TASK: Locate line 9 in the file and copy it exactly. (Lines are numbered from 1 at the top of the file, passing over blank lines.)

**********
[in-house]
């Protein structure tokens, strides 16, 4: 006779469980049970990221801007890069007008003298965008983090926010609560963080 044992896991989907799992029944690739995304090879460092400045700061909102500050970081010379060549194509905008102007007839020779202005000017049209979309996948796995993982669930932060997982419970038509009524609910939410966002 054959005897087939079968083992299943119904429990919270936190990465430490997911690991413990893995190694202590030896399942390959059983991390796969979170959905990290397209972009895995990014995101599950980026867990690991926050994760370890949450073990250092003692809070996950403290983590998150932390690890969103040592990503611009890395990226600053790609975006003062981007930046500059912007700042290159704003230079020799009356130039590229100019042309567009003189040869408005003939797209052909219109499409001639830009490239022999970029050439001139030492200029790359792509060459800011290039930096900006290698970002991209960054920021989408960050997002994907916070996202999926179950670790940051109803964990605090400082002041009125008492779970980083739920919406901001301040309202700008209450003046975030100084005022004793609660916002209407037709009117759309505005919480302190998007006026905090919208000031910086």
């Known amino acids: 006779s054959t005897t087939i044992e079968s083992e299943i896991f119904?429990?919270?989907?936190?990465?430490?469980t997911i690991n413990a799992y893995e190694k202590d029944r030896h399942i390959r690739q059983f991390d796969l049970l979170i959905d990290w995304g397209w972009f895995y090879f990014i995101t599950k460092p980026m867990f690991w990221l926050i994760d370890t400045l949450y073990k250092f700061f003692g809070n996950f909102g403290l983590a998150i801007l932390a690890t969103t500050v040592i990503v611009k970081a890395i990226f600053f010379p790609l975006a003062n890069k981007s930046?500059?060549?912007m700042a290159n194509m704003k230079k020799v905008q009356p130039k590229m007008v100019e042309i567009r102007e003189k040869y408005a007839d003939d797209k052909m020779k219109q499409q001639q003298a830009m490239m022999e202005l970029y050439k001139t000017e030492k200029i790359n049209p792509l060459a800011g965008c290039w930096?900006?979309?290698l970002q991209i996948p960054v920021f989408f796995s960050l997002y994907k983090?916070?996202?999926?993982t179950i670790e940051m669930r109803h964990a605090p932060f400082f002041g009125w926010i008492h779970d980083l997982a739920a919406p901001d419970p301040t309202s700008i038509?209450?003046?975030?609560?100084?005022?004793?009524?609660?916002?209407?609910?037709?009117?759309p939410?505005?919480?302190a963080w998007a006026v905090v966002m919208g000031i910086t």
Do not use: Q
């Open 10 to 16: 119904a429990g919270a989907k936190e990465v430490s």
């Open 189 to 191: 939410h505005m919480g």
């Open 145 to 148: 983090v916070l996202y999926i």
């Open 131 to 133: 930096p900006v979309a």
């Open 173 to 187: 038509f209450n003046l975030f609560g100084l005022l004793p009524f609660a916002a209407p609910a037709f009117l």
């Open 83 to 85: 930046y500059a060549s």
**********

């Open 173 to 187: 038509f209450n003046l975030f609560g100084l005022l004793p009524f609660a916002a209407p609910a037709f009117l």